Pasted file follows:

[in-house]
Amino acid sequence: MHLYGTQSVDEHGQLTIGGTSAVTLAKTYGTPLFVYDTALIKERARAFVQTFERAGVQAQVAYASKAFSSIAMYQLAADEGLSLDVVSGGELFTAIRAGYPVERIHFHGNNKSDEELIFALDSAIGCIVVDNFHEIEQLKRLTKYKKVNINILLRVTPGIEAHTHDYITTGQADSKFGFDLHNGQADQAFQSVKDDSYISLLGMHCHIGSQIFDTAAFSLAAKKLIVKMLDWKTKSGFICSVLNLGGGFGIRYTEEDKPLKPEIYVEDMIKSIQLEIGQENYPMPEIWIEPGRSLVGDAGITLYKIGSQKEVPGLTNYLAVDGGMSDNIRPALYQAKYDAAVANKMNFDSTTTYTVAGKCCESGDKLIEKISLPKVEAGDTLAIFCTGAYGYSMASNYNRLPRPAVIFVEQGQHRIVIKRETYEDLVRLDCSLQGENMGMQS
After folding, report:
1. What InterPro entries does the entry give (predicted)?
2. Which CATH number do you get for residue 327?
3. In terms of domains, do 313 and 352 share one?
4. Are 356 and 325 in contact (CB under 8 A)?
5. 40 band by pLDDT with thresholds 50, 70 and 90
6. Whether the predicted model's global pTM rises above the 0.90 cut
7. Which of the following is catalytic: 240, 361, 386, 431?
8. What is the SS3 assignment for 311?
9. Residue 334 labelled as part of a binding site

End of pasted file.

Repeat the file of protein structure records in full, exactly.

[in-house]
Amino acid sequence: MHLYGTQSVDEHGQLTIGGTSAVTLAKTYGTPLFVYDTALIKERARAFVQTFERAGVQAQVAYASKAFSSIAMYQLAADEGLSLDVVSGGELFTAIRAGYPVERIHFHGNNKSDEELIFALDSAIGCIVVDNFHEIEQLKRLTKYKKVNINILLRVTPGIEAHTHDYITTGQADSKFGFDLHNGQADQAFQSVKDDSYISLLGMHCHIGSQIFDTAAFSLAAKKLIVKMLDWKTKSGFICSVLNLGGGFGIRYTEEDKPLKPEIYVEDMIKSIQLEIGQENYPMPEIWIEPGRSLVGDAGITLYKIGSQKEVPGLTNYLAVDGGMSDNIRPALYQAKYDAAVANKMNFDSTTTYTVAGKCCESGDKLIEKISLPKVEAGDTLAIFCTGAYGYSMASNYNRLPRPAVIFVEQGQHRIVIKRETYEDLVRLDCSLQGENMGMQS
After folding, report:
1. What InterPro entries does the entry give (predicted)?
2. Which CATH number do you get for residue 327?
3. In terms of domains, do 313 and 352 share one?
4. Are 356 and 325 in contact (CB under 8 A)?
5. 40 band by pLDDT with thresholds 50, 70 and 90
6. Whether the predicted model's global pTM rises above the 0.90 cut
7. Which of the following is catalytic: 240, 361, 386, 431?
8. What is the SS3 assignment for 311?
9. Residue 334 labelled as part of a binding site